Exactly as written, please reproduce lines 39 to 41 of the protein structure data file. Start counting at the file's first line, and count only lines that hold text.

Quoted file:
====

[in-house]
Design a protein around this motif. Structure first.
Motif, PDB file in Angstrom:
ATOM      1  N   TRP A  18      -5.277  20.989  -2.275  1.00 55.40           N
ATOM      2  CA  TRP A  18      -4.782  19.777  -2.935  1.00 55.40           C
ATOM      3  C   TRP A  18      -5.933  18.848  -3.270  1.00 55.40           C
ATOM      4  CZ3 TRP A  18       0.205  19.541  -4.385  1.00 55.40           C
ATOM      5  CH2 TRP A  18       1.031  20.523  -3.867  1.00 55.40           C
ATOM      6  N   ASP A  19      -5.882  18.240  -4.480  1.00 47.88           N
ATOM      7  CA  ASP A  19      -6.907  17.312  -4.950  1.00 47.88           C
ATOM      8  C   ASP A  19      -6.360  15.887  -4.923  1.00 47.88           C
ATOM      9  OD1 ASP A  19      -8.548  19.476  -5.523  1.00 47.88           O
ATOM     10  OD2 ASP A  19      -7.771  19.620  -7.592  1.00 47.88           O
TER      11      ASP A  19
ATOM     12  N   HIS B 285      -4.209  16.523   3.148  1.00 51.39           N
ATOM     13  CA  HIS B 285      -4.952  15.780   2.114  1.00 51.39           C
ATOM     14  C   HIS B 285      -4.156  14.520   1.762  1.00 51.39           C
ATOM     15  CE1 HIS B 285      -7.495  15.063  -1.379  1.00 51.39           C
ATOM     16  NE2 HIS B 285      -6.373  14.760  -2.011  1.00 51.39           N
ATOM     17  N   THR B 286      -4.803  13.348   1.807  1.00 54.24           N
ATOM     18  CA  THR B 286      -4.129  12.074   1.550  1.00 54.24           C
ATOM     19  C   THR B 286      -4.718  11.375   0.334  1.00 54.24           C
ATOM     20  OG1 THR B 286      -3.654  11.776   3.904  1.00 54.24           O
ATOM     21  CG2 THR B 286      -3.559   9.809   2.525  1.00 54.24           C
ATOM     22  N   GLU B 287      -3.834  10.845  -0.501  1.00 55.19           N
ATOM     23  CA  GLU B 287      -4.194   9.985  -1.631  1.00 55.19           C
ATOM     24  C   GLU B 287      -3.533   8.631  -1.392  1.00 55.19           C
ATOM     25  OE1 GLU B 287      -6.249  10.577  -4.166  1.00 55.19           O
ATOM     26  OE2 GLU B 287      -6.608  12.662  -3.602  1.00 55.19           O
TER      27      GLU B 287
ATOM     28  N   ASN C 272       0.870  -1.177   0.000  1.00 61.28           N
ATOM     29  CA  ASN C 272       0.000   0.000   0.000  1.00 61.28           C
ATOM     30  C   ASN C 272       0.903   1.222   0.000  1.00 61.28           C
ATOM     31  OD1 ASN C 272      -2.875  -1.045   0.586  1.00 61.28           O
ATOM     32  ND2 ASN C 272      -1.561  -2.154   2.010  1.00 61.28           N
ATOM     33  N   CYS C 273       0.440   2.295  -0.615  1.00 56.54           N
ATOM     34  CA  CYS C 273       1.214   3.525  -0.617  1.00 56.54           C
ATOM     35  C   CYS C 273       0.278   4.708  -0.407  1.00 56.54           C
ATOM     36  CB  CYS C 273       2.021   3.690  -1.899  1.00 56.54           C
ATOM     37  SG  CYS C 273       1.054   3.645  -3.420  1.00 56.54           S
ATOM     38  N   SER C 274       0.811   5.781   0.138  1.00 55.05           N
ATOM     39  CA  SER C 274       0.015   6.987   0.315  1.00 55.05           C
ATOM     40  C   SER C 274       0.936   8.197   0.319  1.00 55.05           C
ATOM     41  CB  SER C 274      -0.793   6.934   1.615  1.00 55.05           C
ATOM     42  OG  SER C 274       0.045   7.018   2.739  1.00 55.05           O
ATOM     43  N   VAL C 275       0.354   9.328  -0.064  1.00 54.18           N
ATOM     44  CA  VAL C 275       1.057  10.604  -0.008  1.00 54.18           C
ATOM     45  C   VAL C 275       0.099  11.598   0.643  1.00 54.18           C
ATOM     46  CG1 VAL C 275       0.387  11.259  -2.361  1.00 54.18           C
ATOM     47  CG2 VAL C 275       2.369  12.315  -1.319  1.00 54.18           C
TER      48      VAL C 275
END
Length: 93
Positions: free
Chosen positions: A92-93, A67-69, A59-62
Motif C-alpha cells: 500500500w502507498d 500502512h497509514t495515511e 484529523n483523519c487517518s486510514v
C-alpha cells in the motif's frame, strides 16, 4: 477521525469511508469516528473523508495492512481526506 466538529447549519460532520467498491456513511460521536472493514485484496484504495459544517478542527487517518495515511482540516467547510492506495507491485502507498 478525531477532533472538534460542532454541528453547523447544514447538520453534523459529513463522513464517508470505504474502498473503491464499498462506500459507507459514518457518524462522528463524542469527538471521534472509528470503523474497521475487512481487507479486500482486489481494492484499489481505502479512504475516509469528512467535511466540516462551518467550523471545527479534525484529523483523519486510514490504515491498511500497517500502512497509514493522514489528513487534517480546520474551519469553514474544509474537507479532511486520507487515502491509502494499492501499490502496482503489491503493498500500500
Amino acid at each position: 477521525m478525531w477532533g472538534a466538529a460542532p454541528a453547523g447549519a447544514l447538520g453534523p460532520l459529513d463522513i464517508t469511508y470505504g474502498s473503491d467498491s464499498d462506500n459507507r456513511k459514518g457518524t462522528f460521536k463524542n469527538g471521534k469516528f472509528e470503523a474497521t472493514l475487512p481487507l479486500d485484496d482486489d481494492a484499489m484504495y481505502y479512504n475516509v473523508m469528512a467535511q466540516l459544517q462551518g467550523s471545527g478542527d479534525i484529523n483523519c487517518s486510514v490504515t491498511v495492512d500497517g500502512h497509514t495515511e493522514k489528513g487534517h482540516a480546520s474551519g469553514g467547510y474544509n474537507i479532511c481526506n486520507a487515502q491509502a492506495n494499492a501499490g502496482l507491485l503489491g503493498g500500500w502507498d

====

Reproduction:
ATOM     36  CB  CYS C 273       2.021   3.690  -1.899  1.00 56.54           C
ATOM     37  SG  CYS C 273       1.054   3.645  -3.420  1.00 56.54           S
ATOM     38  N   SER C 274       0.811   5.781   0.138  1.00 55.05           N